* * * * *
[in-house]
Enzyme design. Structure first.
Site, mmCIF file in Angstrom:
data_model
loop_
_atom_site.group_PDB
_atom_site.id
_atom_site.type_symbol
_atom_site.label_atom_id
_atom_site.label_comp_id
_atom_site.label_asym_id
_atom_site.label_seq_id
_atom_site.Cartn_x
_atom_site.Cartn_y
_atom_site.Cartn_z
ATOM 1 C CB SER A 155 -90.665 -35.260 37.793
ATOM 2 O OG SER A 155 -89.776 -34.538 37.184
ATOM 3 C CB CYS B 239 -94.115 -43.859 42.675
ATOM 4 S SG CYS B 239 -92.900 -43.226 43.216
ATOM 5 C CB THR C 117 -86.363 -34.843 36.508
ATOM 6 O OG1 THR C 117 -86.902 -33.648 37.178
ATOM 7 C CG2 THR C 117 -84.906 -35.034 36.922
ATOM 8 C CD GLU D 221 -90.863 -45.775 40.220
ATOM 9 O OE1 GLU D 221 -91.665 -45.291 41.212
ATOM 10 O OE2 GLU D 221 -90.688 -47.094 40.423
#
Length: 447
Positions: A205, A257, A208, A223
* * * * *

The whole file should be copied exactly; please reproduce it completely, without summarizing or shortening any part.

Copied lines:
[in-house]
Enzyme design. Structure first.
Site, mmCIF file in Angstrom:
data_model
loop_
_atom_site.group_PDB
_atom_site.id
_atom_site.type_symbol
_atom_site.label_atom_id
_atom_site.label_comp_id
_atom_site.label_asym_id
_atom_site.label_seq_id
_atom_site.Cartn_x
_atom_site.Cartn_y
_atom_site.Cartn_z
ATOM 1 C CB SER A 155 -90.665 -35.260 37.793
ATOM 2 O OG SER A 155 -89.776 -34.538 37.184
ATOM 3 C CB CYS B 239 -94.115 -43.859 42.675
ATOM 4 S SG CYS B 239 -92.900 -43.226 43.216
ATOM 5 C CB THR C 117 -86.363 -34.843 36.508
ATOM 6 O OG1 THR C 117 -86.902 -33.648 37.178
ATOM 7 C CG2 THR C 117 -84.906 -35.034 36.922
ATOM 8 C CD GLU D 221 -90.863 -45.775 40.220
ATOM 9 O OE1 GLU D 221 -91.665 -45.291 41.212
ATOM 10 O OE2 GLU D 221 -90.688 -47.094 40.423
#
Length: 447
Positions: A205, A257, A208, A223